Joel Gallant, also from Johns Hopkins, presented a combined analysis of treatment responses in blacks in Gilead-sponsored clinical trials that utilized tenofovir (TDF, Viread) as compared with either stavudine (d4T, Zerit) or zidovudine (AZT, Retrovir).6 These studies excluded persons who had baseline kidney disease and reassuringly showed very low rates of incident kidney disease during the 96- to 144-week follow-up period.
Only one patient in the thymidine analog control arm discontinued treatment due to acute renal failure. There were also similar changes in calculated kidney function between the tenofovir and thymidine analog groups. This latter assessment should have included the number of patients who experienced abnormal changes in kidney function rather than just the median change -- a point that limits the strength of the conclusion that the treatments studied do not increase the risk of impaired renal function.
The Study to Understand the Natural History of HIV (SUN Study) group presented a cross-sectional description of 562 patients who underwent dual energy x-ray absorptiometry bone mineral density (BMD) screening.7 Overall, abnormal bone mineral density was strikingly common, with osteopenia and osteoporosis identified in 51.7% and 9.8% of individuals. When adjusted for multiple factors, non-white race, older age, a low body mass index, the duration of HIV infection and unemployment were all associated with bone abnormalities.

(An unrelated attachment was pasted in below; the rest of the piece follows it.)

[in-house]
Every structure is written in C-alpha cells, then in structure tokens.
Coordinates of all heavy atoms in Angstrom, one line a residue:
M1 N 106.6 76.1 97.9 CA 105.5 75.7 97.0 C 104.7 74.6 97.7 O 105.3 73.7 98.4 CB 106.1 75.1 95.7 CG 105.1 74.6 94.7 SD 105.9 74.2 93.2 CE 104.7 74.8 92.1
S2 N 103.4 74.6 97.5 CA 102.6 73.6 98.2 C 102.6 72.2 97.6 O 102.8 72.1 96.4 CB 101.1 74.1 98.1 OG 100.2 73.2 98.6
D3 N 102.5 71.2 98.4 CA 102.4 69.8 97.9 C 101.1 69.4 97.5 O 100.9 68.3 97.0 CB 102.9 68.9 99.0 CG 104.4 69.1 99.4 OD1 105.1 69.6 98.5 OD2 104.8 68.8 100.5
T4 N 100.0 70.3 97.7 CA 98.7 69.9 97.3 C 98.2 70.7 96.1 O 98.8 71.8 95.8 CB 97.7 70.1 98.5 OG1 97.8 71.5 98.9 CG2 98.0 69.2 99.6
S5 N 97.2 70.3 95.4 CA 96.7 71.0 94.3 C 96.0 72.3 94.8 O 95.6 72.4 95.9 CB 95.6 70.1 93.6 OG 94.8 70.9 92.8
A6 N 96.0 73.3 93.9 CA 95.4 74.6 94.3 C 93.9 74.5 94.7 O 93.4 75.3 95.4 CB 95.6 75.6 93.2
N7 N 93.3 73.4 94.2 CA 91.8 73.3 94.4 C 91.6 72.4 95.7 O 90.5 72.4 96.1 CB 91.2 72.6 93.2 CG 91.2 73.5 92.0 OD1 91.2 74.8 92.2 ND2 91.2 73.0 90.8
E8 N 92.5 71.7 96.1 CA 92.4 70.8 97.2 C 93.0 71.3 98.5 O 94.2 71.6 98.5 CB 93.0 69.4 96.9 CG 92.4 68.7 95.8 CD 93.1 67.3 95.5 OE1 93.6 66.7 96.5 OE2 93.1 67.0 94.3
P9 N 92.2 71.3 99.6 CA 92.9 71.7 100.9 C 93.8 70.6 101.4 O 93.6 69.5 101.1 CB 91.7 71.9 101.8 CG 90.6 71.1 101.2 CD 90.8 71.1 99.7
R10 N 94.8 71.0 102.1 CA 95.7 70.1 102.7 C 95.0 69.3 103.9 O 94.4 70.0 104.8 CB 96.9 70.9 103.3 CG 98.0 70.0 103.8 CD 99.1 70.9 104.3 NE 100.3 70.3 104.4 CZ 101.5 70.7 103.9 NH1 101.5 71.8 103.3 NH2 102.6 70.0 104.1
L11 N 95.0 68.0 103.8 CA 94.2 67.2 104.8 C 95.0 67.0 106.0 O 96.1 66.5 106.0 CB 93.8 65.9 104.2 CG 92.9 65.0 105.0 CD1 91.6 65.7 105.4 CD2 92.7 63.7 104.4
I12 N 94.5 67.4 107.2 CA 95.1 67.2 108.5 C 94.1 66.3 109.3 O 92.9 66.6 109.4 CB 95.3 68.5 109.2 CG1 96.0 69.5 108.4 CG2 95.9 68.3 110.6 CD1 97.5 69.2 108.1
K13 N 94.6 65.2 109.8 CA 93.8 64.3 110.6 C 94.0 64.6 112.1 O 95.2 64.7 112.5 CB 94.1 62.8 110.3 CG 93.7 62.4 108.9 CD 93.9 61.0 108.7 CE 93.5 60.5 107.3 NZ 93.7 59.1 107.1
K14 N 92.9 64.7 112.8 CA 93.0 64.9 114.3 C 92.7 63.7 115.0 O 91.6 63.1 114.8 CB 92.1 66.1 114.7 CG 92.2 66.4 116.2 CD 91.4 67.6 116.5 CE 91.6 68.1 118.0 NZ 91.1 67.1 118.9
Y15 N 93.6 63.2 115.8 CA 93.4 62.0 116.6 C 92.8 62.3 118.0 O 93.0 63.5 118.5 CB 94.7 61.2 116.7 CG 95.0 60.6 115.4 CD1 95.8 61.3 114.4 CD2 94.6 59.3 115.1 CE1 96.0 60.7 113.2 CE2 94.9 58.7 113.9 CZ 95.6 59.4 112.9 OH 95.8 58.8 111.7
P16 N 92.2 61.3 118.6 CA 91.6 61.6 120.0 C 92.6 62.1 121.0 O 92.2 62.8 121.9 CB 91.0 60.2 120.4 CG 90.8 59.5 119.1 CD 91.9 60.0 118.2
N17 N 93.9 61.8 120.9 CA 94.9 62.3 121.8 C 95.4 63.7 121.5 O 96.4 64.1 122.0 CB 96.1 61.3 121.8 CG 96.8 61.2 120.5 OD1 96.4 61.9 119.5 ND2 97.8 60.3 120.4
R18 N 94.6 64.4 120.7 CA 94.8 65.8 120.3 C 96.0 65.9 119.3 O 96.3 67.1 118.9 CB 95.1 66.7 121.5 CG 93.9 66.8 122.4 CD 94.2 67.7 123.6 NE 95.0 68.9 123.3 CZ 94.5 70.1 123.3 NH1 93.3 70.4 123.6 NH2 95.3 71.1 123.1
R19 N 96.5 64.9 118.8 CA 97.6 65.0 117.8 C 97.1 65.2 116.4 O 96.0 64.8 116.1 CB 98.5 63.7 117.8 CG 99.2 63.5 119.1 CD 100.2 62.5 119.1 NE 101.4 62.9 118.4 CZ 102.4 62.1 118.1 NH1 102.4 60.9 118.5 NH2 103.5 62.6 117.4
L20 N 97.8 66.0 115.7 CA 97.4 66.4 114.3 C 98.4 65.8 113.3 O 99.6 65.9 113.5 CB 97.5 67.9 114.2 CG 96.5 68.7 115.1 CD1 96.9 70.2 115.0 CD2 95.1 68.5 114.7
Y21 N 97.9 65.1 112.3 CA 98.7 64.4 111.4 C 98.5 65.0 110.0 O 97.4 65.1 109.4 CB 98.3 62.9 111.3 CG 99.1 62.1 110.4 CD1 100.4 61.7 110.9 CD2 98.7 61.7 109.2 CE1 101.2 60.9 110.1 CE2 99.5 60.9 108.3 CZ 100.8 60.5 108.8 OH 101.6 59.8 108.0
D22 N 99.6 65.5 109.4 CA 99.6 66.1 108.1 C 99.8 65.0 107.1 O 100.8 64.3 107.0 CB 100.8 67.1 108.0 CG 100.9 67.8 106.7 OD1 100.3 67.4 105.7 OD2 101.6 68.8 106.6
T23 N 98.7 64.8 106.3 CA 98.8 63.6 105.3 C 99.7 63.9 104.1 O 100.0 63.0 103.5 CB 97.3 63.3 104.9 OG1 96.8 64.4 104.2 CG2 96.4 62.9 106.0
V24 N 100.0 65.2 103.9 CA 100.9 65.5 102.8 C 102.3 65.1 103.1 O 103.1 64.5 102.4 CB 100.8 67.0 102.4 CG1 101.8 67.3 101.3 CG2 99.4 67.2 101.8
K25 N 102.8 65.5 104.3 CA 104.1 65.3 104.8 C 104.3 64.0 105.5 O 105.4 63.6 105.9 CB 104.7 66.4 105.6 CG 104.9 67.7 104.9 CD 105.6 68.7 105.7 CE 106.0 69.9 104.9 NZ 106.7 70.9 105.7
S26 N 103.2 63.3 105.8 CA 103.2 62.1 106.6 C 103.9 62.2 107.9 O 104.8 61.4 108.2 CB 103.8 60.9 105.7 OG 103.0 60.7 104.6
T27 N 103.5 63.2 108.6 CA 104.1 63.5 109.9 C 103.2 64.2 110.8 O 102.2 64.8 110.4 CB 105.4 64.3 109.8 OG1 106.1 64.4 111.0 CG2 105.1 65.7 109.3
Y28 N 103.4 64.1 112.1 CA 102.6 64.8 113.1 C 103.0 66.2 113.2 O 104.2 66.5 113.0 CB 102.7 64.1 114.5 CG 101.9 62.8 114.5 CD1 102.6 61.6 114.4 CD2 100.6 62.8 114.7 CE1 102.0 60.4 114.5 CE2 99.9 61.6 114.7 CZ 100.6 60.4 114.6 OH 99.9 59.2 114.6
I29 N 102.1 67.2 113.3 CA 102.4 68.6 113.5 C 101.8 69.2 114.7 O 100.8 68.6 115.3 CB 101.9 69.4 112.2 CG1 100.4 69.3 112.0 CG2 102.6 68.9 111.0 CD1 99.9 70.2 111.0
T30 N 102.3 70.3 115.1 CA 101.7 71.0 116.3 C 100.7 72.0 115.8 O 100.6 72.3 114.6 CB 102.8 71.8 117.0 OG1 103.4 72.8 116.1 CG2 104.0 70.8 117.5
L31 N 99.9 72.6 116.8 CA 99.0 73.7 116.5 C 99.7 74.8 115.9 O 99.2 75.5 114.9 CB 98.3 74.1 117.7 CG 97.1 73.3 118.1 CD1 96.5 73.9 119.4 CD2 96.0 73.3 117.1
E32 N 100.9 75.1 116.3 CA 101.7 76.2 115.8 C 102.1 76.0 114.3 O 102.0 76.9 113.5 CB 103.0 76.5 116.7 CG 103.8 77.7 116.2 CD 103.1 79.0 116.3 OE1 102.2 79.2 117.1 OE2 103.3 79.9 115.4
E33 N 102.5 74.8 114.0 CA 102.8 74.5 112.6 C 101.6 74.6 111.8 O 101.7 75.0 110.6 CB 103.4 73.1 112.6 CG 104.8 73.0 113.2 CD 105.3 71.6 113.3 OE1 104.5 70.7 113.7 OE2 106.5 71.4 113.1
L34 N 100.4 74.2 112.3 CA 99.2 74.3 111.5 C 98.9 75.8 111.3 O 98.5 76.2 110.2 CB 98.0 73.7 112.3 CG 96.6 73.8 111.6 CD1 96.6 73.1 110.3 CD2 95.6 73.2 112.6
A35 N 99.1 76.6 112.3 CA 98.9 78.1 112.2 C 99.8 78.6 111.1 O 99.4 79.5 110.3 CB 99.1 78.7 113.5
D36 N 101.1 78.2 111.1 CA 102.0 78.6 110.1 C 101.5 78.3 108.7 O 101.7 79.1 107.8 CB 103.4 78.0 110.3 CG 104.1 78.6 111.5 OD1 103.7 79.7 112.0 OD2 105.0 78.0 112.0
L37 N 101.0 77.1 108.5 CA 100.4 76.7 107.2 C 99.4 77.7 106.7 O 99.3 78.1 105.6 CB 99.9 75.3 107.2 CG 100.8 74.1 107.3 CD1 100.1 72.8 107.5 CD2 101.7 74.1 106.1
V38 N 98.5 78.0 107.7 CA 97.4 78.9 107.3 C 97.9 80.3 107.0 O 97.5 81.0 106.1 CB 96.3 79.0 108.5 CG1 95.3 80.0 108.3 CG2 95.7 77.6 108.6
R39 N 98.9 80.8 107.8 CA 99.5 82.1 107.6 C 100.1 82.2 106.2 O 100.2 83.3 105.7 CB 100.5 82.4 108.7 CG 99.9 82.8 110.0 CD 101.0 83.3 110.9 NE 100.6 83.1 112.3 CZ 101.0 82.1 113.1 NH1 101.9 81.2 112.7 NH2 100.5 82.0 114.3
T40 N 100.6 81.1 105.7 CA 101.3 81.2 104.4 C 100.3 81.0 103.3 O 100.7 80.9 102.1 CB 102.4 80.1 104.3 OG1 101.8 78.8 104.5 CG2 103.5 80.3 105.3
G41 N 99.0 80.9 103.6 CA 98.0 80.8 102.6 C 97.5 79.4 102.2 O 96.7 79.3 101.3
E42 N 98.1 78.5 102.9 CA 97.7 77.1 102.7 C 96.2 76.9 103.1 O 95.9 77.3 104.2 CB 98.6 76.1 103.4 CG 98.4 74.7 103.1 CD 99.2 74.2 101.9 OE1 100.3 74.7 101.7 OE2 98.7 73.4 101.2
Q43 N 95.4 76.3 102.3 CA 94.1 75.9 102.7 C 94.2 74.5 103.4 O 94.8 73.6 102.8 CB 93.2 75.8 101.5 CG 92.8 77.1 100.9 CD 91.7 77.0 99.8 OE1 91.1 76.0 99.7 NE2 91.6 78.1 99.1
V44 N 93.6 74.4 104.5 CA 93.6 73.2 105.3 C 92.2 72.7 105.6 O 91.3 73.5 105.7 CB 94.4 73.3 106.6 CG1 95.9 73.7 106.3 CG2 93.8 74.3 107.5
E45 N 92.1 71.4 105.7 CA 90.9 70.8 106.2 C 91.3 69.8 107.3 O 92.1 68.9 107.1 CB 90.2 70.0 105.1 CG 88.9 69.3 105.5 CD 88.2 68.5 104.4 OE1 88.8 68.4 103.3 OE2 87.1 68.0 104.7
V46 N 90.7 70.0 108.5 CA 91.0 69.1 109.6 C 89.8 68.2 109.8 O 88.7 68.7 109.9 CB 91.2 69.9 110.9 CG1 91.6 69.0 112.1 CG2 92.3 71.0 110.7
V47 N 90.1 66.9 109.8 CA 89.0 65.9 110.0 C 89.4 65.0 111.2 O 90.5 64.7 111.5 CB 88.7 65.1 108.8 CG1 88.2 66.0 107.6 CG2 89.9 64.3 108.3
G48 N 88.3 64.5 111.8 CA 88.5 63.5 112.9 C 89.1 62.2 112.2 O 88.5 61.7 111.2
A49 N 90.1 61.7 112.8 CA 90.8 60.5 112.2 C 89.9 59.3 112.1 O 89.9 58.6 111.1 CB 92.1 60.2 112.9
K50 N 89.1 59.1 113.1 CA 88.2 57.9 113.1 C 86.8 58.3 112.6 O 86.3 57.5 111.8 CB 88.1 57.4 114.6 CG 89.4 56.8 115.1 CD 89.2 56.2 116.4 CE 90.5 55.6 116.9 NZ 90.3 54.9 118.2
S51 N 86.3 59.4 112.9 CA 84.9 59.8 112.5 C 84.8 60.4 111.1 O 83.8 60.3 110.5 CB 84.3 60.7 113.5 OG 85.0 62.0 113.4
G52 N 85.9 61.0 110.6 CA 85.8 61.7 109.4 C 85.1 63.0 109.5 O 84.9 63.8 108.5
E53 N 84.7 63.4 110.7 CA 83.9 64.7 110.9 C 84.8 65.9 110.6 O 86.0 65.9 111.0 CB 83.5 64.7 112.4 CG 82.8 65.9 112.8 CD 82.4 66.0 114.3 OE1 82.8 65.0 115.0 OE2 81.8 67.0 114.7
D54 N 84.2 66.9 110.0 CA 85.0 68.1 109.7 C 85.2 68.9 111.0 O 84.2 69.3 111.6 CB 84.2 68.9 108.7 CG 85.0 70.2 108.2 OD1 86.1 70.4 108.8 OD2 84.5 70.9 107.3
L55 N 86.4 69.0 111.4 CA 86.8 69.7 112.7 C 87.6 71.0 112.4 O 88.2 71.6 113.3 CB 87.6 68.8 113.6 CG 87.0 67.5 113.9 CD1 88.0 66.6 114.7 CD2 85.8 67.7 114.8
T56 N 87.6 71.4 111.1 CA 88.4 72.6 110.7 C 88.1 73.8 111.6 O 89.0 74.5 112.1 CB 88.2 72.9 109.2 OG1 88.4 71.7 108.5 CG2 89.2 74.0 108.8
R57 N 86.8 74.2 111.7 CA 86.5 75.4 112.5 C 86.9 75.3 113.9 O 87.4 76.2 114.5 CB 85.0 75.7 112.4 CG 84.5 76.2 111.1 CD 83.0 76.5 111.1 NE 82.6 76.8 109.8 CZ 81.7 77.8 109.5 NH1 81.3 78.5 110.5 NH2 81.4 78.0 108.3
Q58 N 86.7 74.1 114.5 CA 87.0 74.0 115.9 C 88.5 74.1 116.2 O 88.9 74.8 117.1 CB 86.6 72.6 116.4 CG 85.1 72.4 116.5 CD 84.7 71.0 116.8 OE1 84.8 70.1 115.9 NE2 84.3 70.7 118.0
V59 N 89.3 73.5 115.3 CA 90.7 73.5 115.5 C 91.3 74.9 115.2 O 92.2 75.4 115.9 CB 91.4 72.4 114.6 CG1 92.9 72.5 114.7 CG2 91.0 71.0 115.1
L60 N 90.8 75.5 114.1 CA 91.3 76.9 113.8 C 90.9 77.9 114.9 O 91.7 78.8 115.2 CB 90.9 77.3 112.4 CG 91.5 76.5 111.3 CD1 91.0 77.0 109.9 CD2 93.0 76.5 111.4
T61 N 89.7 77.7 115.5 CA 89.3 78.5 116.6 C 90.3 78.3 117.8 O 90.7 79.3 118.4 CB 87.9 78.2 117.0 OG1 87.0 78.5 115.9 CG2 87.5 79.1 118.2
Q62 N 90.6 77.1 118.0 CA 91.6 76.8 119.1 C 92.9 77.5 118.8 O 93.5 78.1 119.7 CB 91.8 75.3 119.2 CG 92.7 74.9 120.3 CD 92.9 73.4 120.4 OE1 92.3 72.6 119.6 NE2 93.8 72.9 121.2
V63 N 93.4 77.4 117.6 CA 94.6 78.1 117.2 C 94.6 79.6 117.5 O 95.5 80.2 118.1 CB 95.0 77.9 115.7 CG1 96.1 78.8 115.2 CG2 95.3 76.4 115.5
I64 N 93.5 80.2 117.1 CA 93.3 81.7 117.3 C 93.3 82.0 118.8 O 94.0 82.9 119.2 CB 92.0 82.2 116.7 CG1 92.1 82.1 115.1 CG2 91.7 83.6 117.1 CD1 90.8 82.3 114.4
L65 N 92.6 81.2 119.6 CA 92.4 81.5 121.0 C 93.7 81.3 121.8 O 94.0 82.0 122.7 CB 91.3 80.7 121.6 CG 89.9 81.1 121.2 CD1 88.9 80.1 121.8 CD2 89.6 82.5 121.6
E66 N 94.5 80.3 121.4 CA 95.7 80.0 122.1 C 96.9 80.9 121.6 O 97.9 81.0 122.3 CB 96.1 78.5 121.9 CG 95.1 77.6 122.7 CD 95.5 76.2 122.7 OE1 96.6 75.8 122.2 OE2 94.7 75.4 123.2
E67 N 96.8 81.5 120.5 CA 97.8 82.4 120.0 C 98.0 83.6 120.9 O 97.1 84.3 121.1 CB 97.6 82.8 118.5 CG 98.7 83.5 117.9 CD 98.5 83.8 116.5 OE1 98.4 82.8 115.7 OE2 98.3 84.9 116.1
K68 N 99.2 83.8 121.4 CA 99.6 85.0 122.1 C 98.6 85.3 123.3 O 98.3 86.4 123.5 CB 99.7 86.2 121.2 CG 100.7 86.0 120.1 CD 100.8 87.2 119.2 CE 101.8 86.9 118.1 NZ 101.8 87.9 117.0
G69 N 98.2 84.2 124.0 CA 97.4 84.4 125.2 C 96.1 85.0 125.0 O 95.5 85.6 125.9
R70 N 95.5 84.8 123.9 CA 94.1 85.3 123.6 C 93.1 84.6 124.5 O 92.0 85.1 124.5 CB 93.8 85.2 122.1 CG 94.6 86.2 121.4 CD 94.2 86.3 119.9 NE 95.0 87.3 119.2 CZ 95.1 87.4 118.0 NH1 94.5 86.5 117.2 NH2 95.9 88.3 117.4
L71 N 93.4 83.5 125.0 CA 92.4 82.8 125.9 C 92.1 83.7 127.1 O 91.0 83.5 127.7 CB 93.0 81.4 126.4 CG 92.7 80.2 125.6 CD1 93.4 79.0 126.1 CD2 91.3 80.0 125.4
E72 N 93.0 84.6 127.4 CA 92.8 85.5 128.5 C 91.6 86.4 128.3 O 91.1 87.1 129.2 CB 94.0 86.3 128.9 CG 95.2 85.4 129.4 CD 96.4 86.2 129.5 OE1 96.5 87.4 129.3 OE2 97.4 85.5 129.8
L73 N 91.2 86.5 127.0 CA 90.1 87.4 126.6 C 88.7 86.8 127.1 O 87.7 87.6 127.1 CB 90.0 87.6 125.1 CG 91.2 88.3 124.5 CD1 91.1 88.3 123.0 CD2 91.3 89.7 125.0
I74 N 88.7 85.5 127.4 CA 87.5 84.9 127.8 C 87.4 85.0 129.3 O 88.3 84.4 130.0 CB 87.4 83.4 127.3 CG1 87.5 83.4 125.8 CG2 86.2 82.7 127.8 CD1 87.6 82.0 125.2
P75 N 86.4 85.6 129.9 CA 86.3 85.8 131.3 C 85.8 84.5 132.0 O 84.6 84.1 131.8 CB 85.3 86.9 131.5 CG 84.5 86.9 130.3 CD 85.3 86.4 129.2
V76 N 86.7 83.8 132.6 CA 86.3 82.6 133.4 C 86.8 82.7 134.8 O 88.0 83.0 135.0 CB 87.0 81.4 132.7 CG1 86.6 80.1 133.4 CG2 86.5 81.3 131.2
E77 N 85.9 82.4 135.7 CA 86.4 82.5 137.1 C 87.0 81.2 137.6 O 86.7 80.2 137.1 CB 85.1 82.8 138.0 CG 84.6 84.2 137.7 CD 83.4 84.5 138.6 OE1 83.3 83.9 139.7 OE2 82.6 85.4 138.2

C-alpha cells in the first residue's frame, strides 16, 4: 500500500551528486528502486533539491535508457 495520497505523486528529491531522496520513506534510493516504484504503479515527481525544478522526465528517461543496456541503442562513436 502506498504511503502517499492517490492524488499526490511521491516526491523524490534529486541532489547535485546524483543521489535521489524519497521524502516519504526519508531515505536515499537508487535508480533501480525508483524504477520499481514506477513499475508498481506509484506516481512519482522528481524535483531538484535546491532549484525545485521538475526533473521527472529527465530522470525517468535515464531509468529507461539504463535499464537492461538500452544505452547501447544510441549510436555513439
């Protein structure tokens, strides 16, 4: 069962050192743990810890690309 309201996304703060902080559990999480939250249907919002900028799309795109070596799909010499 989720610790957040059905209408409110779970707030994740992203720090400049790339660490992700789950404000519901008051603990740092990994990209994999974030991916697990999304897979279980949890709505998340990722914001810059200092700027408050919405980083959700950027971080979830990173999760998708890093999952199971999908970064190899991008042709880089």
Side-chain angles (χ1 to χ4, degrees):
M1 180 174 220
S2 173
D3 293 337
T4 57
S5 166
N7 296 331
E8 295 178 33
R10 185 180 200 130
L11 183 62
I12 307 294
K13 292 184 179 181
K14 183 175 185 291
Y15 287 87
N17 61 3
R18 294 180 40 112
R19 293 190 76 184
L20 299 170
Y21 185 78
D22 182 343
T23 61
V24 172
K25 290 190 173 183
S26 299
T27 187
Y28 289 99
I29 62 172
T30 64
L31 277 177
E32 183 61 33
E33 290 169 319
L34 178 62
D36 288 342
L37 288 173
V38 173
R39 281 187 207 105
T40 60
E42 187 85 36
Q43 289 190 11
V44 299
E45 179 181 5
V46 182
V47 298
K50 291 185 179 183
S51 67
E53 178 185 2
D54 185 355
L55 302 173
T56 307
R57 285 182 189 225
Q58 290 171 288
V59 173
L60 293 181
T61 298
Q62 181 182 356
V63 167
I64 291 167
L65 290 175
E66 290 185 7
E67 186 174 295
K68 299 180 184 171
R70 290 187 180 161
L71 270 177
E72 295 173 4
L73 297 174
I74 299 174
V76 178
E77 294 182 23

Overall, these studies painfully emphasize the racial disparities in the U.S. HIV epidemic and highlight significant areas of unmet need. HIV prevention and diagnosis strategies clearly must focus on communities of color, in particular the women in these communities.
The fact that blacks take longer to seek HIV medical care and have lower CD4+ cell counts at the time of diagnosis speaks to issues of stigma, poor access to care and mistrust of the medical establishment. This phenomenon is undoubtedly not isolated to the black American community; it likely affects other racial or ethnic groups as well. Even once in care, minorities are less likely to receive (and take) antiretroviral therapies, and these individuals may have differing patterns of disease and medication toxicity. On both sides of the prescription pad, medical professionals and community groups will need to work together to better understand the reasons for these disparities and identify strategies for overcoming such inequalities.